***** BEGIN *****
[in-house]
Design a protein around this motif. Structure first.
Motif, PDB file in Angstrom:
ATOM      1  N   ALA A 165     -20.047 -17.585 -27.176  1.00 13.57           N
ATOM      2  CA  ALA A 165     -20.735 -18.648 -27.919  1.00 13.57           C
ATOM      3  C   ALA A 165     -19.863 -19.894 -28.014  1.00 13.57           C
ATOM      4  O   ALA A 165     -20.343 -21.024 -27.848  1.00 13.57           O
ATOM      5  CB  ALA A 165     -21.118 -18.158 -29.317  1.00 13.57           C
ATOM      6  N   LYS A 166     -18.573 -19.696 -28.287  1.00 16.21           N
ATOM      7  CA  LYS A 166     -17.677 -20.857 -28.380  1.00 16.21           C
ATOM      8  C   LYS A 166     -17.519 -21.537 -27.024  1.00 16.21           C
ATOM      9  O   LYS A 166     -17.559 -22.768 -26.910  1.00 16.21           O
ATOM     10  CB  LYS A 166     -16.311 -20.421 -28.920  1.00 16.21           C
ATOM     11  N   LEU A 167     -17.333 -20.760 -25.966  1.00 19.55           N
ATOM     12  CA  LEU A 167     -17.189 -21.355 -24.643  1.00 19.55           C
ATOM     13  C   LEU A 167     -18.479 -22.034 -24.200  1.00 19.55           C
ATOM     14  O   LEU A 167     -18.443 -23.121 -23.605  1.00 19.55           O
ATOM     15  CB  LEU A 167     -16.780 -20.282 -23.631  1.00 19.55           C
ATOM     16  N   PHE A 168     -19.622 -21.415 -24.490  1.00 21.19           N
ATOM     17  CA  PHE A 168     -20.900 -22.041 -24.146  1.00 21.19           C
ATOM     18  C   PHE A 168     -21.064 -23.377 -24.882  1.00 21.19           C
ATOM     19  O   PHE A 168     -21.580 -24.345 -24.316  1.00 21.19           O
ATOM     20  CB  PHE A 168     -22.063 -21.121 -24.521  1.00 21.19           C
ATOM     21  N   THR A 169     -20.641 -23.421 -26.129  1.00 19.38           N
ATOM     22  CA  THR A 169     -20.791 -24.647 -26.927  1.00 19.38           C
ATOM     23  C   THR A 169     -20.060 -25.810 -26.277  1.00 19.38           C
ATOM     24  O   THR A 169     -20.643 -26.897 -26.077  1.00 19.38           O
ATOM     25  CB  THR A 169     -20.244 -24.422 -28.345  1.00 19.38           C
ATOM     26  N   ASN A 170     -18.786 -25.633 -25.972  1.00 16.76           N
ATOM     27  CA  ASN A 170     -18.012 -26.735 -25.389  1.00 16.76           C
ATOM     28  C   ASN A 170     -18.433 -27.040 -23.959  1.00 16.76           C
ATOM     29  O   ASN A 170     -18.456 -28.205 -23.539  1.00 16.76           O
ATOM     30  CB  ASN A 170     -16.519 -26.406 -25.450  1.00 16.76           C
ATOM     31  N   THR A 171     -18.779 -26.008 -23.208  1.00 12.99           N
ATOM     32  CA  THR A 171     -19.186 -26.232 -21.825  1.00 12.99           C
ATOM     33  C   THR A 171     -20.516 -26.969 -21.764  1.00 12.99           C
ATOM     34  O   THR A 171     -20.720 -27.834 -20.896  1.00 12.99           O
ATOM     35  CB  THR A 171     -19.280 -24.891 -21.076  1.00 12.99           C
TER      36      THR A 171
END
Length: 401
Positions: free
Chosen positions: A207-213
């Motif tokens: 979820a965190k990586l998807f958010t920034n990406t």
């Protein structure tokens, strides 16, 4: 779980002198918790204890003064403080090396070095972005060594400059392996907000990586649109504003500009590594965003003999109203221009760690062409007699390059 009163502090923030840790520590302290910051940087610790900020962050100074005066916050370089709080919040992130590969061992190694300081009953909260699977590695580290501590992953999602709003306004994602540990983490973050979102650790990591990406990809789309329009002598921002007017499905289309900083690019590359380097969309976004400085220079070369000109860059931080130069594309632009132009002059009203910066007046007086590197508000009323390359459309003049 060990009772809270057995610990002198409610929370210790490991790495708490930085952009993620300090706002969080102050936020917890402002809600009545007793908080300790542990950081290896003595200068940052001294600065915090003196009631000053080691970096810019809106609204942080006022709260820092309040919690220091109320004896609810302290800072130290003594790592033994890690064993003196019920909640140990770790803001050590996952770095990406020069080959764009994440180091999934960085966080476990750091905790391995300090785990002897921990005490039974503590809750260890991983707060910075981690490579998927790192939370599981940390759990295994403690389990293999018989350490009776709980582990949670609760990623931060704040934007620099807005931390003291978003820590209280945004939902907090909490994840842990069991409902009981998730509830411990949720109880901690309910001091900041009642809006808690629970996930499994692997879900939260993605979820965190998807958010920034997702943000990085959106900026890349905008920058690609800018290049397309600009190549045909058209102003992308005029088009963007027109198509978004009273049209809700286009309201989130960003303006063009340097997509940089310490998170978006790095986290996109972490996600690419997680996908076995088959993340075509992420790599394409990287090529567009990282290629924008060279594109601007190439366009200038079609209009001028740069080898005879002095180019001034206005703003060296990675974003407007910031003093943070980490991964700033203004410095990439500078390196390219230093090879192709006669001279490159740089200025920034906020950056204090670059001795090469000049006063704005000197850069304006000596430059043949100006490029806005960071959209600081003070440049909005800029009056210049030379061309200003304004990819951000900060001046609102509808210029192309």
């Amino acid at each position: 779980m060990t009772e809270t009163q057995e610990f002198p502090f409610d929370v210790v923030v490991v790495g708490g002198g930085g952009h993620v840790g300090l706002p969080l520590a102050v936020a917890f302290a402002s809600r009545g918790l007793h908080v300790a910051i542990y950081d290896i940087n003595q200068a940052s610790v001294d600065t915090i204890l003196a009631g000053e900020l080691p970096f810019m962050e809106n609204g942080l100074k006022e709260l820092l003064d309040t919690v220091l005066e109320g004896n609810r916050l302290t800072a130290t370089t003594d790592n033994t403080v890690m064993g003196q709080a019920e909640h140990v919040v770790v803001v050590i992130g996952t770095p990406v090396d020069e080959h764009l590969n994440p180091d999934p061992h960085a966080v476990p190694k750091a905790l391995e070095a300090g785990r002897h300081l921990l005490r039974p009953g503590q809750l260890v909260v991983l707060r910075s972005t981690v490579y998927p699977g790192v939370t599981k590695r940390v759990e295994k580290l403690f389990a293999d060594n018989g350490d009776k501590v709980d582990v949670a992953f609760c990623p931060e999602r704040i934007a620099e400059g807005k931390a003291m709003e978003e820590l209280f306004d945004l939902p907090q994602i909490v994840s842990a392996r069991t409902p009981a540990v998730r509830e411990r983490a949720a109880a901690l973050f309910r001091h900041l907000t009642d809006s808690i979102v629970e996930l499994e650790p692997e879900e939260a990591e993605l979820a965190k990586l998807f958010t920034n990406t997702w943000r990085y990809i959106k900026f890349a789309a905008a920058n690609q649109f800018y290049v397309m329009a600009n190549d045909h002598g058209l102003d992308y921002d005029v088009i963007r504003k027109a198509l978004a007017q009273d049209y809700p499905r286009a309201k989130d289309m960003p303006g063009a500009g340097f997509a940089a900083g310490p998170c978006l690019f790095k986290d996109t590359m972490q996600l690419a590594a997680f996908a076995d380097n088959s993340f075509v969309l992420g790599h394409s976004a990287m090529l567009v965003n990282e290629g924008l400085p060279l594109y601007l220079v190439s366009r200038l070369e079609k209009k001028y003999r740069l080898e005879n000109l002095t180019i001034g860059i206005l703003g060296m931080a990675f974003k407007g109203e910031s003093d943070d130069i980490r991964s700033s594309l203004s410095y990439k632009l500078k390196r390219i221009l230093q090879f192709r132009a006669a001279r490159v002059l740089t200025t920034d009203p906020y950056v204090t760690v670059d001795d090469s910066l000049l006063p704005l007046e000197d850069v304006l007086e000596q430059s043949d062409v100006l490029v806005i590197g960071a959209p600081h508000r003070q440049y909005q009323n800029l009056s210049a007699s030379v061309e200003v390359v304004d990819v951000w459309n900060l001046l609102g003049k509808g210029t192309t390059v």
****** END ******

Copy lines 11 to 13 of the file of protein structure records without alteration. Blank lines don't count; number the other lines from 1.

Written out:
ATOM      8  C   LYS A 166     -17.519 -21.537 -27.024  1.00 16.21           C
ATOM      9  O   LYS A 166     -17.559 -22.768 -26.910  1.00 16.21           O
ATOM     10  CB  LYS A 166     -16.311 -20.421 -28.920  1.00 16.21           C